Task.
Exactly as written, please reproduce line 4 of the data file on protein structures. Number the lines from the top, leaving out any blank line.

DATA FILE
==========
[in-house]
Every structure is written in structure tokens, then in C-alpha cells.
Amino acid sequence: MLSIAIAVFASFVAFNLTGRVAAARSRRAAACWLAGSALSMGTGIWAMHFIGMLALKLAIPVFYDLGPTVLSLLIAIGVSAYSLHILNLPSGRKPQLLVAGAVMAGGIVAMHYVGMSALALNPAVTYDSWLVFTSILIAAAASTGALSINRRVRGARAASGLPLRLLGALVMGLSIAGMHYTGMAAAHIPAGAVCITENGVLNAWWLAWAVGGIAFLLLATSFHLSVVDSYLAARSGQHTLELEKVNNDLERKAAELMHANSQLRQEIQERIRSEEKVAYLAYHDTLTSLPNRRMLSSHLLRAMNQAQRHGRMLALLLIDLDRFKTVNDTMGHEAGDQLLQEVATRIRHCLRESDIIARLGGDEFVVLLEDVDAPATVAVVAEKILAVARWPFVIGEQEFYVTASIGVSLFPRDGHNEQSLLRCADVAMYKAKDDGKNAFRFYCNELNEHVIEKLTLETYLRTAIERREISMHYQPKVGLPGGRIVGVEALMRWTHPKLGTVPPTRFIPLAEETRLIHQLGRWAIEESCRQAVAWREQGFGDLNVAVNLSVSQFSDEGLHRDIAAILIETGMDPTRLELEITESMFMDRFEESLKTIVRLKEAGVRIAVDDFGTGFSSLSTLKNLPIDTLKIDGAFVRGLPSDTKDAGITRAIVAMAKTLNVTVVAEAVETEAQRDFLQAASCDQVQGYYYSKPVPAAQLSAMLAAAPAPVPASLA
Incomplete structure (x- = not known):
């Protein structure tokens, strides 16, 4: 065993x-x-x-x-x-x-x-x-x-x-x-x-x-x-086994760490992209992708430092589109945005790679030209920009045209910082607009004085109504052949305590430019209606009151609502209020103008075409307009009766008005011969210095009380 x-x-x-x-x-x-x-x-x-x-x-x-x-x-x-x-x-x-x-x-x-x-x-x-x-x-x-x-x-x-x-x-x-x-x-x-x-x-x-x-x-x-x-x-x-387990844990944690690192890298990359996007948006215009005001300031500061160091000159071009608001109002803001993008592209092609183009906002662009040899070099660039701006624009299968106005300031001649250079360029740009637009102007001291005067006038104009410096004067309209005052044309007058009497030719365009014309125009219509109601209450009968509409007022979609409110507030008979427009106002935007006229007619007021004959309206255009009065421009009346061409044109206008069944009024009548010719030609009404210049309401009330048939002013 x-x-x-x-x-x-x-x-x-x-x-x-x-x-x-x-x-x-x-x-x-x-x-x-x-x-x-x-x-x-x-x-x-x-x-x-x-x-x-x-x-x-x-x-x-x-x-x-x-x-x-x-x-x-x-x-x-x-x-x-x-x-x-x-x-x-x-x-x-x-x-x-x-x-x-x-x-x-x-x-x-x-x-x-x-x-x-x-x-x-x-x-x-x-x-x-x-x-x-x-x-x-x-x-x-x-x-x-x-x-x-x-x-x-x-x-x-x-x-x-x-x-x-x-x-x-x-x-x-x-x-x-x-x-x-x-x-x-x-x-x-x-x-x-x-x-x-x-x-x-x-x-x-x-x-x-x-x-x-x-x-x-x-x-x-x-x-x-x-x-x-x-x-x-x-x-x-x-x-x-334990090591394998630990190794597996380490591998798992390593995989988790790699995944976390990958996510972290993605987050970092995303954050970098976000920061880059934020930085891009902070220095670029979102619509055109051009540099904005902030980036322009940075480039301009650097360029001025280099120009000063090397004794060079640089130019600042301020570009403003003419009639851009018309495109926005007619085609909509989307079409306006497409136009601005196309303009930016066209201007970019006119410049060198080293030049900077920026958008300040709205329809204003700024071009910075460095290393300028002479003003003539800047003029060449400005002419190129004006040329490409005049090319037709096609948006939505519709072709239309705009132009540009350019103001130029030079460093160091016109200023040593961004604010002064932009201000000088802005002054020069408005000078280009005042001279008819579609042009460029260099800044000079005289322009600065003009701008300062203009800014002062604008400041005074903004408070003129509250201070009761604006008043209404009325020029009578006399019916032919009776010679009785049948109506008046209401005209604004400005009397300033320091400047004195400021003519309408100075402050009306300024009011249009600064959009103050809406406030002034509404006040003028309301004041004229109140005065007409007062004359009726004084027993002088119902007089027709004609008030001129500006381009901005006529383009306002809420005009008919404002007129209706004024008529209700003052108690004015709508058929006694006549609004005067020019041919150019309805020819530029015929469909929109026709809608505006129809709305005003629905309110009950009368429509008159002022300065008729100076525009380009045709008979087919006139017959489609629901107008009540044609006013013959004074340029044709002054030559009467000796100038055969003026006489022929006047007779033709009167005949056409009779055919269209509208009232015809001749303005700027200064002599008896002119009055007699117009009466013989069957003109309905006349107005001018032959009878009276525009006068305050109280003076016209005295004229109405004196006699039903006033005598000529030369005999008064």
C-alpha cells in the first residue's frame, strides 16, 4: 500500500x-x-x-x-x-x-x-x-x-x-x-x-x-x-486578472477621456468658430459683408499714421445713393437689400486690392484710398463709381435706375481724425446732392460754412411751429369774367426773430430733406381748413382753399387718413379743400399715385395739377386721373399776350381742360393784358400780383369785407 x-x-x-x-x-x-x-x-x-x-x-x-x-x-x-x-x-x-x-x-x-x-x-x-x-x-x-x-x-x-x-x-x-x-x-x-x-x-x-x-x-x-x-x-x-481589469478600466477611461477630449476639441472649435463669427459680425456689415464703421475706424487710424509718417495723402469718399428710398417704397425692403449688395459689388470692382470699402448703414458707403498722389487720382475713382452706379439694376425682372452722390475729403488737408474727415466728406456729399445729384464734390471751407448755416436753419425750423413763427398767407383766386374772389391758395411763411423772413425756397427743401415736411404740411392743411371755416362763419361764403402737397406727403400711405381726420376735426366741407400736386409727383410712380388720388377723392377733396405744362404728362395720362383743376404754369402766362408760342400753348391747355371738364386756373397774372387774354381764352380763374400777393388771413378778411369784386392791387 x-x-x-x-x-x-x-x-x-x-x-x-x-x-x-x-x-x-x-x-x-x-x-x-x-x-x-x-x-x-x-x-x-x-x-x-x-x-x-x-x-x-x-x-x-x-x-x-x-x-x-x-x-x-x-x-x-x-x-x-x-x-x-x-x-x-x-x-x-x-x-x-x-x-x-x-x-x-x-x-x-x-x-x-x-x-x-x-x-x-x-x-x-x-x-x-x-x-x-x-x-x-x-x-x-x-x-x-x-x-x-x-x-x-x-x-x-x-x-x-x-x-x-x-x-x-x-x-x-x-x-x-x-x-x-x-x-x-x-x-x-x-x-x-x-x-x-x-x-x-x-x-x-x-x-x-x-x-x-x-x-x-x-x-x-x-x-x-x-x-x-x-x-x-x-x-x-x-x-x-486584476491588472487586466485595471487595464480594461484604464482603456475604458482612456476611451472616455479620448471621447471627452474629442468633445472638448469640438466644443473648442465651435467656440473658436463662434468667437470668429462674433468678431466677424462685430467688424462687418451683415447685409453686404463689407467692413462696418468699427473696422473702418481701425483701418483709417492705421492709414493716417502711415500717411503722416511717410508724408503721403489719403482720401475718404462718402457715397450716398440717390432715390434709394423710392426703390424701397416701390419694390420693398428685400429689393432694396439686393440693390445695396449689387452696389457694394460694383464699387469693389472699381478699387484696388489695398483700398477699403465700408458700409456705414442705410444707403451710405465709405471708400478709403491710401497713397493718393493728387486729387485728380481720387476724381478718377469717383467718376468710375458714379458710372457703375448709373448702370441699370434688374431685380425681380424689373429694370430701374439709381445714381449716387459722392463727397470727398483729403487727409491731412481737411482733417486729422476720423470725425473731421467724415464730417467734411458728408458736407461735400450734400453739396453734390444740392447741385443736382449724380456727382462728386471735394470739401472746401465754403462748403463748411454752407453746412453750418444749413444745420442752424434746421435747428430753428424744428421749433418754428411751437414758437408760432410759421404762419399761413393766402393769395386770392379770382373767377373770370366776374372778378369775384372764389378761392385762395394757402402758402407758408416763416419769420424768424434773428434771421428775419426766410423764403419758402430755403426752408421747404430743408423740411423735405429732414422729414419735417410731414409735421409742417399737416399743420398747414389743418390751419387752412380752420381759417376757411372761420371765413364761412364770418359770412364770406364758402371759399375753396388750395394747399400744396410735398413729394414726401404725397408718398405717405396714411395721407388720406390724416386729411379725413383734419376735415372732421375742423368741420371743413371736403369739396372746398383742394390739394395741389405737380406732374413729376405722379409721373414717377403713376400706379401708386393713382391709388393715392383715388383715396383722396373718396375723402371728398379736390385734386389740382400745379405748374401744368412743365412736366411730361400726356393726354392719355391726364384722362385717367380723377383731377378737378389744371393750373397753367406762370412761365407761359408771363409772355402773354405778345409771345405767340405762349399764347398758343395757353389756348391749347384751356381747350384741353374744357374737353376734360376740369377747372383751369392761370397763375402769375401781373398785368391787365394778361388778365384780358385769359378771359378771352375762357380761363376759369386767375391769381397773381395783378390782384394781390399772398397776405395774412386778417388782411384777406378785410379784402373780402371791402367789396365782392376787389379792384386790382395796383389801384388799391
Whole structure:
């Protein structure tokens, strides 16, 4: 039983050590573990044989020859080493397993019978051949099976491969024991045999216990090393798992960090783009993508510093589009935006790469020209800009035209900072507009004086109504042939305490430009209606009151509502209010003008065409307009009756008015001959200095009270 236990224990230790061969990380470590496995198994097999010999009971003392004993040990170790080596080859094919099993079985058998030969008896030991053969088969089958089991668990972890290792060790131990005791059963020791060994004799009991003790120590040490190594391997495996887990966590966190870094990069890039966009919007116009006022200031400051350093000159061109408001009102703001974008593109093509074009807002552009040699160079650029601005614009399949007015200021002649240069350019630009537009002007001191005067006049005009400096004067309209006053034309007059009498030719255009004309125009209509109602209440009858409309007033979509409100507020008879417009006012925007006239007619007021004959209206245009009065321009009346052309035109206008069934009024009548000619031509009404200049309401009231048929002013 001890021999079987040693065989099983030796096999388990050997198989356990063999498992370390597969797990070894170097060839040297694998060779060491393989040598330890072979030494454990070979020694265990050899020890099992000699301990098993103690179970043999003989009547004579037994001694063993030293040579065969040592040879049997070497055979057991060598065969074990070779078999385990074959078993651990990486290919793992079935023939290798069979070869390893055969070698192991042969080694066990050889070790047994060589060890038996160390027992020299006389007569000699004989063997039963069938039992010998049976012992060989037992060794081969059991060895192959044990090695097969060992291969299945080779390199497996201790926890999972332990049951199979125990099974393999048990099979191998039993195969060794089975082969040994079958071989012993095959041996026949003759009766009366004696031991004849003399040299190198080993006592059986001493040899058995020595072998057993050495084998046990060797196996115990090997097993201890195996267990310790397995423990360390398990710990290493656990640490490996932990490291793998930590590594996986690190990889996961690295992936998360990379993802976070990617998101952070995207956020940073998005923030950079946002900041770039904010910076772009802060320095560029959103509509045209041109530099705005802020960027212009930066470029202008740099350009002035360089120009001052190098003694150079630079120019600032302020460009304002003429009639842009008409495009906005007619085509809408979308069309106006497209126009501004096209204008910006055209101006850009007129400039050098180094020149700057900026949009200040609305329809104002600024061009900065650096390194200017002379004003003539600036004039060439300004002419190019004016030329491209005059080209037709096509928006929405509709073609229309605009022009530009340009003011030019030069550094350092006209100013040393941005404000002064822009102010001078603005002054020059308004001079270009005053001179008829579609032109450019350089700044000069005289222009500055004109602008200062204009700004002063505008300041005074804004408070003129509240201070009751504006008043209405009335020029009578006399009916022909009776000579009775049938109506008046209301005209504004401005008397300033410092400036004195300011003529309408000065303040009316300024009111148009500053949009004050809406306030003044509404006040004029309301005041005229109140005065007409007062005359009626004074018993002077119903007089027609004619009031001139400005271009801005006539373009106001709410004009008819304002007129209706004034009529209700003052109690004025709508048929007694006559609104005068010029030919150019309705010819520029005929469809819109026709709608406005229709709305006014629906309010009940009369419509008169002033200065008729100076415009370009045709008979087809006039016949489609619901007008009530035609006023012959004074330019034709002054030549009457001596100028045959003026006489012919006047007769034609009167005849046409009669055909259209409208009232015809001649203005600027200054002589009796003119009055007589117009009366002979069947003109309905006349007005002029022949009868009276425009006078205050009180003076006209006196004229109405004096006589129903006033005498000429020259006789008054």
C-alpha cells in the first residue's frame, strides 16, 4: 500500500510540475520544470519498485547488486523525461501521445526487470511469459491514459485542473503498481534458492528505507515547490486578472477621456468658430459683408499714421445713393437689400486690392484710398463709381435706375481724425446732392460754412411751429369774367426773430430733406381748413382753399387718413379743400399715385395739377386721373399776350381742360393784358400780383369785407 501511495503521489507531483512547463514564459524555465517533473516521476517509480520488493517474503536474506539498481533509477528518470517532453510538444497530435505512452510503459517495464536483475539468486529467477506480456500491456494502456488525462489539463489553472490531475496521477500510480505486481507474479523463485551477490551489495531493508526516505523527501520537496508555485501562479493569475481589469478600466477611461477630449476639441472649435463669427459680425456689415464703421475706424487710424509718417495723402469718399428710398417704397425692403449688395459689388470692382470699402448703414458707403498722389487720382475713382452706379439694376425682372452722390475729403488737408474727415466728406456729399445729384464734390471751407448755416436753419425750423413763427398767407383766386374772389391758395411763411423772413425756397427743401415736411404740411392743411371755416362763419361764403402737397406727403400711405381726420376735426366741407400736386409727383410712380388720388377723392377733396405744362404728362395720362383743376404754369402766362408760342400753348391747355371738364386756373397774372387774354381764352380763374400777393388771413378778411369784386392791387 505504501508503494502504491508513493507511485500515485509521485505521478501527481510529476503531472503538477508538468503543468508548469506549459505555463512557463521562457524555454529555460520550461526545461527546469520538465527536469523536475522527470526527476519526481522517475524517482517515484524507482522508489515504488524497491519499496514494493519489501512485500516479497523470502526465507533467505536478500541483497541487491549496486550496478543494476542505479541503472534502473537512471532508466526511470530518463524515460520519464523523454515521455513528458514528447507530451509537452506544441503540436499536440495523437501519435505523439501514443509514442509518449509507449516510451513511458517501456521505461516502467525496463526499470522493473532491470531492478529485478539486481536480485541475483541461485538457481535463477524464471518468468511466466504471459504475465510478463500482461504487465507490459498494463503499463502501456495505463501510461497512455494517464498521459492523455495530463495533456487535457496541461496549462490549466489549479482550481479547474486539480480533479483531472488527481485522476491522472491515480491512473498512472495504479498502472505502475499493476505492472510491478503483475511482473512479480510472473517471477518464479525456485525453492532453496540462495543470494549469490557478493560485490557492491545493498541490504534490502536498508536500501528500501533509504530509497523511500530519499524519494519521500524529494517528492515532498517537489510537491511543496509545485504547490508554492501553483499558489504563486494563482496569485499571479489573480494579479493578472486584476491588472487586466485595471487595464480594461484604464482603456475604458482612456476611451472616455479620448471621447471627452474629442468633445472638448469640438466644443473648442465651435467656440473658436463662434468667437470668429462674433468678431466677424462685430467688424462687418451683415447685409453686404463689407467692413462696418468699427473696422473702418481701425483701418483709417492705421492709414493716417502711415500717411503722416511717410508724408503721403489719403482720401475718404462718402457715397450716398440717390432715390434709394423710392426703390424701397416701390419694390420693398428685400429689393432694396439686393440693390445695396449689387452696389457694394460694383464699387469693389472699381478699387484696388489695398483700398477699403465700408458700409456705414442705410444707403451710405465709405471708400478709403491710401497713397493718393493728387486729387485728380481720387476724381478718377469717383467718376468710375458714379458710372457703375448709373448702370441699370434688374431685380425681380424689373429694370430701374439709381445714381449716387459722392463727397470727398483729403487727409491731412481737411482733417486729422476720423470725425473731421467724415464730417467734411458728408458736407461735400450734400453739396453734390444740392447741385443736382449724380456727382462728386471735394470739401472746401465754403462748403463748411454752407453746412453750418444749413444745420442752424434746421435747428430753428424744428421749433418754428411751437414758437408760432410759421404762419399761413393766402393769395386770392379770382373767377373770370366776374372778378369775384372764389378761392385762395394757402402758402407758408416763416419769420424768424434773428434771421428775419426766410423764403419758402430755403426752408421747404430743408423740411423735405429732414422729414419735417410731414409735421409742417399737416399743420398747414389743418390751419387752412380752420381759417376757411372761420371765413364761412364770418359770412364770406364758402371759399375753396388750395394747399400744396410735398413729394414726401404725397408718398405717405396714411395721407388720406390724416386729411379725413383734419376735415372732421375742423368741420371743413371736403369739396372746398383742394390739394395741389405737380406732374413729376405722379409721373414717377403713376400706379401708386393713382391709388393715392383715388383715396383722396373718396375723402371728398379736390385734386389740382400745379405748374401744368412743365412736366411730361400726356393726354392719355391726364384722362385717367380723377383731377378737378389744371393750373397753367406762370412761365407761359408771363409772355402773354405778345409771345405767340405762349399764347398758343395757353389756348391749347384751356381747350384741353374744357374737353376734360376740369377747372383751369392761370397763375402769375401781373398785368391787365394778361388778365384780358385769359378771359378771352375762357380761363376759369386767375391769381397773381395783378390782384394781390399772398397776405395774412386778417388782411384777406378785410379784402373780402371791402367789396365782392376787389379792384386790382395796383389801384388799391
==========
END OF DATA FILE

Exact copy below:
Incomplete structure (x- = not known):